Jan 29, 2015
Reacting to Emergency Response

By Mike Phelps

One month into the high school football season, a number of schools have been in the headlines for issues related to emergency response to injuries. From delayed response times to not having an ambulance on hand, Training & Conditioning looks at the latest news.

In Rock Hill, S.C., school district officials are evaluating their ambulance staffing policy for football games after an injured player was forced to lay on the field for 15 minutes before an emergency vehicle arrived. A few minutes before Rock Hill High School quarterback Corey Wessinger was knocked to the ground with a concussion, an ambulance had been present at the field, but it left with its lights flashing to respond to another call.

The first ambulance was able to leave the scene because the stadium has only an informal agreement with Piedmont Medical Center to provide an ambulance and emergency medical technicians. Because there is no formal contract, Piedmont provides the service for free. However, if the ambulance is needed for another emergency, it is free to leave. School officials are now discussing having a guaranteed ambulance at the stadium for the duration of games.

“Anytime we have a situation as unfortunate as that, we always review our practices,” Rock Hill Superintendent Lynn Moody told The Herald. “It makes you pause and think… [Our arrangement] has worked well until now. Because Piedmont has provided service free of charge, it’s not been a topic of conversation.”

June Wessinger, the mother of the injured player, would like to see the current practice changed.

“I understand it being a verbal agreement and there’s no money, but that was my kid,” she told The Herald. “I would like to see an agreement to keep the ambulance there for the entire game. I can’t imagine any parent that would not say we need an ambulance there…. You never know what’s going to happen.”

A similar situation cropped up this season at Aloha Stadium in Hawaii, where, for the past 15 years, ambulances had not been on hand for high school games. That decision was made by Interscholastic League of Honolulu (ILH) and Oahu Interscholastic Association officials due to budget concerns, as well as the improving knowledge of athletic trainers on the sidelines. Traditionally, if an ambulance was needed, stadium officials would call 911 and one would be sent from Pali Momi Medical Center.

But recently, a pair of head injuries during games put a spotlight on the policy and showed that change may be needed. In one instance, Damien Memorial School’s Mika’ele Nakamura suffered a head injury that required transportation to the hospital. According to stadium officials, a 911 call was placed at 7:04 p.m., with a follow-up call at 7:20. The ambulance arrived at 7:24, nearly 35 minutes after the injury occurred.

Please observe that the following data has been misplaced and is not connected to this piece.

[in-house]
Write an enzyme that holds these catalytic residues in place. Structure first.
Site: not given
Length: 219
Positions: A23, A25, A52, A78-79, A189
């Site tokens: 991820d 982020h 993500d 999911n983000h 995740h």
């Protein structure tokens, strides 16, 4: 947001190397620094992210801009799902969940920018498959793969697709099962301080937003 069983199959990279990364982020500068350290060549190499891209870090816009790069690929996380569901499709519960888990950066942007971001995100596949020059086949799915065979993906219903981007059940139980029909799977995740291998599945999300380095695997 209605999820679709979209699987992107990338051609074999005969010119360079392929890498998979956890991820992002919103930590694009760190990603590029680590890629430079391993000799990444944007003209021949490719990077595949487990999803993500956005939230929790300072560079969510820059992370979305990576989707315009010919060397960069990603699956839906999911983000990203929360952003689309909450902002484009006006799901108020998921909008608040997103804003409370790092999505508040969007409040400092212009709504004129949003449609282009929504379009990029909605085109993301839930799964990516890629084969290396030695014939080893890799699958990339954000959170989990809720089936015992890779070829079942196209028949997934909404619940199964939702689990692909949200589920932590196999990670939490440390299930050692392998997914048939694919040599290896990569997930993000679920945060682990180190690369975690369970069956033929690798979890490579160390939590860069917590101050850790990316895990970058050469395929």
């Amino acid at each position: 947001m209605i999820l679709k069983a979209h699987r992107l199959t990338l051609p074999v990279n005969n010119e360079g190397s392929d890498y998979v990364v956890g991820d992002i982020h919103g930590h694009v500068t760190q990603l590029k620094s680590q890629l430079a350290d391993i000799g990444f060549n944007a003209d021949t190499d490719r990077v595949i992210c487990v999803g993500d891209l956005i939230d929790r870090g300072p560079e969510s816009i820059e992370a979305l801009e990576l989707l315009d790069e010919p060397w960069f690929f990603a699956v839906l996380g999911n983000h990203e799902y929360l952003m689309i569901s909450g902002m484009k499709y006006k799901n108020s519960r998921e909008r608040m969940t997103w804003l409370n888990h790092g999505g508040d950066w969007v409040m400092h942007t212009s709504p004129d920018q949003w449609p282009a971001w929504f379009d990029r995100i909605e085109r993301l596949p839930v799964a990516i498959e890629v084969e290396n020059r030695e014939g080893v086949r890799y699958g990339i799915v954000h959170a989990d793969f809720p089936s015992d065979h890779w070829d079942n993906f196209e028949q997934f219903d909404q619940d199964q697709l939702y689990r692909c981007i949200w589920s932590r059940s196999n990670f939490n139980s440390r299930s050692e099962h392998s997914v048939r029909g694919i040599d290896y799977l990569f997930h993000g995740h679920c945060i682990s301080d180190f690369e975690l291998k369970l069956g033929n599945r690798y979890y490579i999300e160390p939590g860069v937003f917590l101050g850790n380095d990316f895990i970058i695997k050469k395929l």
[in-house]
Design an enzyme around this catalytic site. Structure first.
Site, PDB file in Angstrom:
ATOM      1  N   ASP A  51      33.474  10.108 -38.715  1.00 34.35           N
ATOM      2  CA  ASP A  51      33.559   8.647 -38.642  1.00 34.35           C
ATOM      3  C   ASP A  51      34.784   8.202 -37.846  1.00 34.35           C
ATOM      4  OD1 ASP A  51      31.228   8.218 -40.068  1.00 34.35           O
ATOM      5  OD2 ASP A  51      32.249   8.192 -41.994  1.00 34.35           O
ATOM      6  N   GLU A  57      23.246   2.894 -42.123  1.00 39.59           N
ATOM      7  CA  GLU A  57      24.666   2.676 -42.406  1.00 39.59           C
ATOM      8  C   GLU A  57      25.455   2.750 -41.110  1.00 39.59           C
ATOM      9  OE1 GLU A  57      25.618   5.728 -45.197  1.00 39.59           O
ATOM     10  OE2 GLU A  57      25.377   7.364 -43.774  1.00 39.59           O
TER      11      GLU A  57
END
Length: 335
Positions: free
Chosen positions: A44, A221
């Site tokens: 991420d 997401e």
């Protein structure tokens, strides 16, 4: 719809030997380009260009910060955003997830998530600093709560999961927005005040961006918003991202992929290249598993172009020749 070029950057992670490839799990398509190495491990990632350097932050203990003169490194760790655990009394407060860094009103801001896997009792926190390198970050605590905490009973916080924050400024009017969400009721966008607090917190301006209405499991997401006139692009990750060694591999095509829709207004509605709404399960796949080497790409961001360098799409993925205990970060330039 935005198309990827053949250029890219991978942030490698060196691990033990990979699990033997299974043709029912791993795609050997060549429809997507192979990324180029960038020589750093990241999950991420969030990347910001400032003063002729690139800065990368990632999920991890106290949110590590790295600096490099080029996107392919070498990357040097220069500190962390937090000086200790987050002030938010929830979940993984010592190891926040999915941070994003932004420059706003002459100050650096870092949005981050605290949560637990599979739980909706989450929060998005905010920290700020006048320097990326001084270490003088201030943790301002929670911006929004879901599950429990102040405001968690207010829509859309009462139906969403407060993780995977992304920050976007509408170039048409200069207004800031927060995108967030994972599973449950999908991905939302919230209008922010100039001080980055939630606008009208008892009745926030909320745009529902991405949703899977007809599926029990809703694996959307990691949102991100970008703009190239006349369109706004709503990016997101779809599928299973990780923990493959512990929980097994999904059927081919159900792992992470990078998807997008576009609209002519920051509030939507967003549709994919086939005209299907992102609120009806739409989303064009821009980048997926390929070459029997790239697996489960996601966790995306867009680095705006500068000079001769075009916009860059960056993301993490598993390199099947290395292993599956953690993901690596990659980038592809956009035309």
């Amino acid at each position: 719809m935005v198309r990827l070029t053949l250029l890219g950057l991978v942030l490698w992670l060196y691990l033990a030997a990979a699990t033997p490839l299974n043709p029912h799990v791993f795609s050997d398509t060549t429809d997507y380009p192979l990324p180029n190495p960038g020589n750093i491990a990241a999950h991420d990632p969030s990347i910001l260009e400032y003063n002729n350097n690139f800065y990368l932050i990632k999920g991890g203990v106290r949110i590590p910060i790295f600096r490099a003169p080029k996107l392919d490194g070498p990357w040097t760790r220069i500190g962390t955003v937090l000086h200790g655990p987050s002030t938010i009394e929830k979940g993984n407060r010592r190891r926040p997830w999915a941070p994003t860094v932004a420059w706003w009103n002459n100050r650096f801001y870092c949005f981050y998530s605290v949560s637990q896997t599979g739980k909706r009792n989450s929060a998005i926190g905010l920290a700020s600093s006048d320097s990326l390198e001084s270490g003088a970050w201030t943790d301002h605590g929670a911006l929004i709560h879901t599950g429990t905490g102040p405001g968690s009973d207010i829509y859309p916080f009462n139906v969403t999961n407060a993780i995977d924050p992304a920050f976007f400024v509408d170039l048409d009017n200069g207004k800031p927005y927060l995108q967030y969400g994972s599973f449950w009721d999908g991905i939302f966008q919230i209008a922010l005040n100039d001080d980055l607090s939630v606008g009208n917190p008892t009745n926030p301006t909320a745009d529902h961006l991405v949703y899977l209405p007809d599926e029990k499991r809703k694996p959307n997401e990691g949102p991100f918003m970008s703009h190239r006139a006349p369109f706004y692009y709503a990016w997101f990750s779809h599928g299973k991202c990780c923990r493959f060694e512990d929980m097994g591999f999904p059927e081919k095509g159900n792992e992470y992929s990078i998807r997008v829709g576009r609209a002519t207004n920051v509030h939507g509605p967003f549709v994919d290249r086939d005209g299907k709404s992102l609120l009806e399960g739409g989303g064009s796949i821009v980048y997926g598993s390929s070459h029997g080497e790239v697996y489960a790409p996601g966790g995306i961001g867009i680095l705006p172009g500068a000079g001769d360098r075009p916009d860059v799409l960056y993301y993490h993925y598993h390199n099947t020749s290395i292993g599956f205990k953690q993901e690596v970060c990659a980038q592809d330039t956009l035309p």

“The first minutes when you’re walking out there and you’re standing with our doctors and trainers it is very tense,” Damien Athletic Director Wally Aina told KHON-2. “You want that ambulance to get there as soon as possible… You know it was 30 minutes or so but it seemed like 30 days actually as time goes by and you see the boy there.”

In response, the ILH is reviewing its policies.

“The ILH is looking into this case and we want to make sure this situation does not happen again,” ILH Executive Director Don Botelho said in a statement. “We will evaluate the rationale behind not having an ambulance on property.”

An ambulance is on-site during state tournament play and University of Hawaii football games. AMR, a private ambulance service, charges between $150 and $225 per hour to have a crew on stand-by.

At Midfield High School in Alabama, an injured football player recently had to wait approximately 25 minutes for an ambulance to arrive, partially due to a congested parking lot that was packed with cars. Despite parking attendants being on hand, a car that was blocking the ambulance’s entrance to the area had to be towed. Having an ambulance at football games is not required in the state.

“We highly recommend it,” Steve Savarese, Executive Director of the Alabama High School Athletic Association, told the Birmingham News. “Why we don’t is that there are some schools that have ambulances within a minute away. Their headquarters are located so they can access them. But it’s highly recommended by the association . . . for the critical safety of the children, to provide critical care.”

Emergency response questions haven’t been limited to the gridiron, however. At Catonsville High School near Baltimore, Md., a visiting junior varsity field hockey player recently collapsed and stopped breathing following a game. While multiple coaches and parents immediately rushed to the player’s aid, an ambulance’s arrival was delayed by several minutes when the vehicle attempted to access the field area from the incorrect entrance.

Beth Reymann, a parent who was on the scene and President of the Comet Booster Club, has since been working with school officials to add more signs in the area to clearly direct visitors and emergency personnel to the correct location.

“It was frustrating to see them to go the wrong lot,” Reymann told CatonsvillePatch. “When you’re watching them do CPR, it seemed like forever.”

Mike Phelps is an Assistant Editor at Training & Conditioning.

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